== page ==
The Republican-led U.S. Senate may have rejected the Green New Deal March 26th, but climate advocates aren't deterred.
Looking to own the anti-Trump vote in next year’s elections, the Democrats have been rallying around the Republicans’ greatest nightmare: the Green New Deal (GND). The ambitious, but non-binding, resolution submitted to Congress in February proposes to eliminate “pollution and greenhouse gas emissions as much as technologically feasible” over 10 years. It would also require the U.S. to shift away from fossil fuels in favour of “clean, renewable and zero-emission energy sources.”
But Republicans, led by President Donald Trump’s tweets, quickly labelled the proposals “extreme” and warned the GND would abolish oil and gas, cars and airplanes, and even cows.
With recent polls indicating six out of 10 Americans are “alarmed or concerned” about climate change, the resurging Democrats figured it’s time to plant the green flag. But some Republicans also welcomed the move, knowing that climate mitigation and adaptation are hard work, and not everyone wants to face the adjustments ahead – especially with an estimated price tag of $50 trillion. (That figure excludes the costs of the GND’s social goals, which include more accessible health care and guaranteed jobs for workers displaced in the transition.)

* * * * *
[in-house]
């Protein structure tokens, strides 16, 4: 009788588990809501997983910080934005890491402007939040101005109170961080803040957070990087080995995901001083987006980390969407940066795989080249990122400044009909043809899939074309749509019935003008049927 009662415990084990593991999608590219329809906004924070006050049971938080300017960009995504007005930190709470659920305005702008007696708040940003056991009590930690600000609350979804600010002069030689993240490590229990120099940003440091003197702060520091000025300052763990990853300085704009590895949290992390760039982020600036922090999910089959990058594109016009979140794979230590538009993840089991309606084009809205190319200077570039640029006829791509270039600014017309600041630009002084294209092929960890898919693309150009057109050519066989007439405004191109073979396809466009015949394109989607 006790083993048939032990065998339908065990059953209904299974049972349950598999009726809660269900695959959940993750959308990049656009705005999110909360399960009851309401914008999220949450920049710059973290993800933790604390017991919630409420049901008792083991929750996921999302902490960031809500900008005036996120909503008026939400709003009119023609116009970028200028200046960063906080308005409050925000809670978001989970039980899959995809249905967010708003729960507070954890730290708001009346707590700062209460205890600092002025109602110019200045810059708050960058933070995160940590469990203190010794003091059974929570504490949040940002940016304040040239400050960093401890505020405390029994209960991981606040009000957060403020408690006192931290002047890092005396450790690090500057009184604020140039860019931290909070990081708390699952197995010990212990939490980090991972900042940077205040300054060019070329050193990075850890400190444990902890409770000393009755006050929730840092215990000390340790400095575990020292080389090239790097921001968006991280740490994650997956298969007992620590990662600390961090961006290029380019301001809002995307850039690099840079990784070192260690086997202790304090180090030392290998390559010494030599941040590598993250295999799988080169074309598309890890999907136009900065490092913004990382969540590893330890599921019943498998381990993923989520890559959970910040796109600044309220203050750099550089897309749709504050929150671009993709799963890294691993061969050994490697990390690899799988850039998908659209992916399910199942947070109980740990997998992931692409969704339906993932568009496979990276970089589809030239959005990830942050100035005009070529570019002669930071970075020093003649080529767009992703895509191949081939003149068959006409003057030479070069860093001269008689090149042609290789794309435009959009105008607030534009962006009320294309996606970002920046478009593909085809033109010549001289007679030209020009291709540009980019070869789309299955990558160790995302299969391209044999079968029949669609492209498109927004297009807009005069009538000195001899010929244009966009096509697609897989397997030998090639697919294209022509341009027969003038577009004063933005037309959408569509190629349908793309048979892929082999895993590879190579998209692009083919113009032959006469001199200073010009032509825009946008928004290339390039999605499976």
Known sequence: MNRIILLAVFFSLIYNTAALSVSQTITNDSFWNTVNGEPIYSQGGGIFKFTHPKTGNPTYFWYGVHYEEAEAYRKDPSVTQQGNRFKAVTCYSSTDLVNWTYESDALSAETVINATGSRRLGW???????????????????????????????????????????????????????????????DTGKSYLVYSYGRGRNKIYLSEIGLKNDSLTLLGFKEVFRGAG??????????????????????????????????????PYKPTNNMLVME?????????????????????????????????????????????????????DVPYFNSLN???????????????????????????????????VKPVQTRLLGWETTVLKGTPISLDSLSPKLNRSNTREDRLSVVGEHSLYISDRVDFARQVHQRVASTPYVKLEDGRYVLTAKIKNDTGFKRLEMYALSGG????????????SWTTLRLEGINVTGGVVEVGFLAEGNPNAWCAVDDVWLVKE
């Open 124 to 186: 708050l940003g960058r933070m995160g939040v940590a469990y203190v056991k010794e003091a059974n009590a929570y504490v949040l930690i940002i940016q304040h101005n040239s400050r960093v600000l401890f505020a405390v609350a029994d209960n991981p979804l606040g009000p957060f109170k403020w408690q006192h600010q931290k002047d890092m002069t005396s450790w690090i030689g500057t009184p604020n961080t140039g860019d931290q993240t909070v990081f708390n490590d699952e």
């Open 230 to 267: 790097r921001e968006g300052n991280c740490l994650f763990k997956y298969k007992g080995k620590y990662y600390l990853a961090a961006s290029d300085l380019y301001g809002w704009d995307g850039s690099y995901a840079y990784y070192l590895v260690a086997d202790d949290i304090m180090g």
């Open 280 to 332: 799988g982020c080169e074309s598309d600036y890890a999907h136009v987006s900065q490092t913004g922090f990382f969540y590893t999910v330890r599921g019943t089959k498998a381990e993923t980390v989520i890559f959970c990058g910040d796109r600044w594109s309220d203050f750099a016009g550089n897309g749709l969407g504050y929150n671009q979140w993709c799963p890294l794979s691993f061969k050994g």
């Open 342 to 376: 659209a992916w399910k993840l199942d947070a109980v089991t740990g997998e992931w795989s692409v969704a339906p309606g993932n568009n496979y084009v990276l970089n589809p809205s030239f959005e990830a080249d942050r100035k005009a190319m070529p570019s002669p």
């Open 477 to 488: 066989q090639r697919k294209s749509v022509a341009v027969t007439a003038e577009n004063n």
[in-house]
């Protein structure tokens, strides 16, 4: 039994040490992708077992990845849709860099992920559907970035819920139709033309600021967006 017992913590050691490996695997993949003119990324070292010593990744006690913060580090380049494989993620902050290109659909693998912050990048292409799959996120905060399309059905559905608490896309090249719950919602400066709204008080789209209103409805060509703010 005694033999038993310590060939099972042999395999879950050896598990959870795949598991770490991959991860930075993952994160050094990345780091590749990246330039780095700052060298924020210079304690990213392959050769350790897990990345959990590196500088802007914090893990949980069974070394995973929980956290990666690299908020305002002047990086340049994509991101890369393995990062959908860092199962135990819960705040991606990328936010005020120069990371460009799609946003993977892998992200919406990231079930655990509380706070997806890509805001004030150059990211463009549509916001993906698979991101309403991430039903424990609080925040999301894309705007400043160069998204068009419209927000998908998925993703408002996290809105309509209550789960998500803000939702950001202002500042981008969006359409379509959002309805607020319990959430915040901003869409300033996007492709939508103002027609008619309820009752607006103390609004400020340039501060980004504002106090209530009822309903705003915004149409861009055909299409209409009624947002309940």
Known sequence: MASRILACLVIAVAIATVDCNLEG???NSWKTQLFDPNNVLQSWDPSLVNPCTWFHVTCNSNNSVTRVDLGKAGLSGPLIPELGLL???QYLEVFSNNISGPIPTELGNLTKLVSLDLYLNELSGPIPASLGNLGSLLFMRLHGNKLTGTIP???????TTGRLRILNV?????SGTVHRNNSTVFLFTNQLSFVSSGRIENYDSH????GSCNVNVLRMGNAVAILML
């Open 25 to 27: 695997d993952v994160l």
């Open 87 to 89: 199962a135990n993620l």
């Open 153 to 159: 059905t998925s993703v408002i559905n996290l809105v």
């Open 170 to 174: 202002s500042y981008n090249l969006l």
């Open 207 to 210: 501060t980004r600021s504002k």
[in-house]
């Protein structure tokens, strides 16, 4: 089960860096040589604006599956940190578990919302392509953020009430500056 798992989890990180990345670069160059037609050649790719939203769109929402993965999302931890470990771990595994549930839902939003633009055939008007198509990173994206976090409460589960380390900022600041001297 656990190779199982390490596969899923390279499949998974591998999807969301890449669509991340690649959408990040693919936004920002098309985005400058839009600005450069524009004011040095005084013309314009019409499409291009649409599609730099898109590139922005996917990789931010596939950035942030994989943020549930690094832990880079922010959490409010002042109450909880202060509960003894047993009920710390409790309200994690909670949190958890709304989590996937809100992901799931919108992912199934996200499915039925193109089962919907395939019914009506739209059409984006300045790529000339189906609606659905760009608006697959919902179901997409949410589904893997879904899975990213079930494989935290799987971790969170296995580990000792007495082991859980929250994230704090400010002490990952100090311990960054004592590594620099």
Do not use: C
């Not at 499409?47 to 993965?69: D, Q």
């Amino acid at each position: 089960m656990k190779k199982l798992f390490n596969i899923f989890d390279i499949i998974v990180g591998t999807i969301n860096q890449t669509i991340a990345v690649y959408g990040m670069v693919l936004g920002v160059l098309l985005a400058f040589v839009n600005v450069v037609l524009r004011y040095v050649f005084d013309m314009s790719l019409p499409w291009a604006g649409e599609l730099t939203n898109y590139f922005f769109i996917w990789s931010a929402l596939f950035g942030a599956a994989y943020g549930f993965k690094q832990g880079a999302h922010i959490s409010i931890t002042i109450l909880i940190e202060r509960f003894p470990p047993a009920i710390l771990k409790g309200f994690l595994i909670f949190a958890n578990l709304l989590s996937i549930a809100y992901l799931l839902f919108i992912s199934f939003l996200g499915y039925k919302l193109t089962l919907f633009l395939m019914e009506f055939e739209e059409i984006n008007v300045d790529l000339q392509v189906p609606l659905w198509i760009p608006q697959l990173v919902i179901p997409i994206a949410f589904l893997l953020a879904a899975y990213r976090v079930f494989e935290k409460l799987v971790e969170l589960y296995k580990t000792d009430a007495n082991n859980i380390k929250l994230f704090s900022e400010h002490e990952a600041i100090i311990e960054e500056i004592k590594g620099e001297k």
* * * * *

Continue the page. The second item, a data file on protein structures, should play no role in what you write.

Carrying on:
Republican strategist Alex Conant says introducing the GND “was a mistake by Democrats, because it took an issue they have been winning on and turned it into a liability.” He told BuzzFeed News that the proposal actually “clarifies the Republican position. It’s much easier to say I care about climate change, but oppose the Green New Deal.”
The GND, then, may not win or lose on its merits, but on America’s ability to have a grown-up discussion about climate.
How achievable are the goals of the GND? In an interview with Popular Science, Stanford University engineering professor Mark Jacobson said the transition to 100% clean, renewable energy within 10 years is “technically and economically possible… But for social and political reasons, it will probably take longer, maybe up to 2050.”
Jacobson’s research indicates that by 2050, all U.S. energy needs could be met with a combination of 30.9% onshore wind, 19.1% offshore wind, 30.7% utility-scale photovoltaics (PV), 7.2% rooftop PV, 7.3% concentrated solar power with storage, and 3% hydro power – with lesser contributions from geothermal, tidal and wave power.
Some observers are just excited that after the inaction of the Obama years and Trump’s outright hostility, the climate debate is on again.
“I feel more optimistic about our collective chances of averting climate breakdown than I have in years,” wrote activist Naomi Klein on TheIntercept.com. “For the first time, I see a clear and credible political pathway that could get us to safety, a place in which the worst climate outcomes are avoided and a new social compact is forged that is radically more humane than anything currently on offer.”
A version of this story appears in the Spring Issue of Corporate Knights.